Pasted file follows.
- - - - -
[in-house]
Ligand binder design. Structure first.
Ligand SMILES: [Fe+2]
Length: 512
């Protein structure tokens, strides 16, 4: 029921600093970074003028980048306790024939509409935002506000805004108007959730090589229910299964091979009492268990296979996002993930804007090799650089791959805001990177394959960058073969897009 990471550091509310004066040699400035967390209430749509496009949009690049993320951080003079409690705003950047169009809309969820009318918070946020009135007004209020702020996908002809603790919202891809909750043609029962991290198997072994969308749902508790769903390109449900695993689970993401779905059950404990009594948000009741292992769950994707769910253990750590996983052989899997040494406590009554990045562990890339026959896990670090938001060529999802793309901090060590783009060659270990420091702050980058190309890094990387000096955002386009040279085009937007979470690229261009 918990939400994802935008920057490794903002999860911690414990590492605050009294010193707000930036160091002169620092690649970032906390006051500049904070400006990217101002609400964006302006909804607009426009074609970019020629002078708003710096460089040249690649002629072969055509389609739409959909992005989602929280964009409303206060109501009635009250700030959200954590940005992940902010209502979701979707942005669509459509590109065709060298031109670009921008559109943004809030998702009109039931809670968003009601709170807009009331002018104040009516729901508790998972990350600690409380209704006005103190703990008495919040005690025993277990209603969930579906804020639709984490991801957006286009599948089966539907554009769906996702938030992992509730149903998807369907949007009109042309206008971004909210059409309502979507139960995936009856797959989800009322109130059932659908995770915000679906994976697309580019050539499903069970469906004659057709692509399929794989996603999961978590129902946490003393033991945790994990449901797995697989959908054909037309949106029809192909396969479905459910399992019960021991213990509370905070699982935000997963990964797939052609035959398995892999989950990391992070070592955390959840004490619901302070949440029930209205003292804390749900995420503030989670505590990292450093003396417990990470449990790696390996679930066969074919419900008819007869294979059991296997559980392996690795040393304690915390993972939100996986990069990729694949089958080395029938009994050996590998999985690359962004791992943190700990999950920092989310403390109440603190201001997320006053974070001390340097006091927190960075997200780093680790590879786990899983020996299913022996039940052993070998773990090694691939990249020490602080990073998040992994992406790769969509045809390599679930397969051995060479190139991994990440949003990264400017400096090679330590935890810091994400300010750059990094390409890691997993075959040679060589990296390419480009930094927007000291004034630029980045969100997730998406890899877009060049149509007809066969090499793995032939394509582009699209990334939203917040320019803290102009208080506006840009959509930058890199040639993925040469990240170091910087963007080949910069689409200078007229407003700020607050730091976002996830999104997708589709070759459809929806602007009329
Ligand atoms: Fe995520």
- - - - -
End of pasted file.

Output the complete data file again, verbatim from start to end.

[in-house]
Ligand binder design. Structure first.
Ligand SMILES: [Fe+2]
Length: 512
């Protein structure tokens, strides 16, 4: 029921600093970074003028980048306790024939509409935002506000805004108007959730090589229910299964091979009492268990296979996002993930804007090799650089791959805001990177394959960058073969897009 990471550091509310004066040699400035967390209430749509496009949009690049993320951080003079409690705003950047169009809309969820009318918070946020009135007004209020702020996908002809603790919202891809909750043609029962991290198997072994969308749902508790769903390109449900695993689970993401779905059950404990009594948000009741292992769950994707769910253990750590996983052989899997040494406590009554990045562990890339026959896990670090938001060529999802793309901090060590783009060659270990420091702050980058190309890094990387000096955002386009040279085009937007979470690229261009 918990939400994802935008920057490794903002999860911690414990590492605050009294010193707000930036160091002169620092690649970032906390006051500049904070400006990217101002609400964006302006909804607009426009074609970019020629002078708003710096460089040249690649002629072969055509389609739409959909992005989602929280964009409303206060109501009635009250700030959200954590940005992940902010209502979701979707942005669509459509590109065709060298031109670009921008559109943004809030998702009109039931809670968003009601709170807009009331002018104040009516729901508790998972990350600690409380209704006005103190703990008495919040005690025993277990209603969930579906804020639709984490991801957006286009599948089966539907554009769906996702938030992992509730149903998807369907949007009109042309206008971004909210059409309502979507139960995936009856797959989800009322109130059932659908995770915000679906994976697309580019050539499903069970469906004659057709692509399929794989996603999961978590129902946490003393033991945790994990449901797995697989959908054909037309949106029809192909396969479905459910399992019960021991213990509370905070699982935000997963990964797939052609035959398995892999989950990391992070070592955390959840004490619901302070949440029930209205003292804390749900995420503030989670505590990292450093003396417990990470449990790696390996679930066969074919419900008819007869294979059991296997559980392996690795040393304690915390993972939100996986990069990729694949089958080395029938009994050996590998999985690359962004791992943190700990999950920092989310403390109440603190201001997320006053974070001390340097006091927190960075997200780093680790590879786990899983020996299913022996039940052993070998773990090694691939990249020490602080990073998040992994992406790769969509045809390599679930397969051995060479190139991994990440949003990264400017400096090679330590935890810091994400300010750059990094390409890691997993075959040679060589990296390419480009930094927007000291004034630029980045969100997730998406890899877009060049149509007809066969090499793995032939394509582009699209990334939203917040320019803290102009208080506006840009959509930058890199040639993925040469990240170091910087963007080949910069689409200078007229407003700020607050730091976002996830999104997708589709070759459809929806602007009329
Ligand atoms: Fe995520």